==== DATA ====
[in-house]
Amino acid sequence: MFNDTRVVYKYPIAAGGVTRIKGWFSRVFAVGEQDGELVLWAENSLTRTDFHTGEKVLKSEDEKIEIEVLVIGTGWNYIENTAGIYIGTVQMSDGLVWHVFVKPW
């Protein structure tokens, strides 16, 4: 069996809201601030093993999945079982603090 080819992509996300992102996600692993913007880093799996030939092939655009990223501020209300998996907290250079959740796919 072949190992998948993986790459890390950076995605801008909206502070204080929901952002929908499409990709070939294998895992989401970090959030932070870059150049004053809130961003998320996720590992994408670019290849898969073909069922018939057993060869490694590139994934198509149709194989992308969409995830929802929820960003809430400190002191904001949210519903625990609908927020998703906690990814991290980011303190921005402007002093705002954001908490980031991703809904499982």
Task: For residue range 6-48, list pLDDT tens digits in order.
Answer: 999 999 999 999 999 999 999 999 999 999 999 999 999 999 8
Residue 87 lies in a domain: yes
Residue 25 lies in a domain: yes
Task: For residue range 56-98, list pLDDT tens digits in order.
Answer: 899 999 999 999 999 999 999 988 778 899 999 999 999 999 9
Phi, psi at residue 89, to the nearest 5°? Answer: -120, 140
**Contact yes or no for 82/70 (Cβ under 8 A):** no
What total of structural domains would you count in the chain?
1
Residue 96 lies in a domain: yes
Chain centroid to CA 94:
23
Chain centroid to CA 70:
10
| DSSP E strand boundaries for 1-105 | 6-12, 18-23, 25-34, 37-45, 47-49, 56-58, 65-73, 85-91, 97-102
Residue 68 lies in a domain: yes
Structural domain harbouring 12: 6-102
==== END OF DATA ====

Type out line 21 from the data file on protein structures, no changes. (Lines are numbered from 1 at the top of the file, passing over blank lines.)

Structural domain harbouring 12: 6-102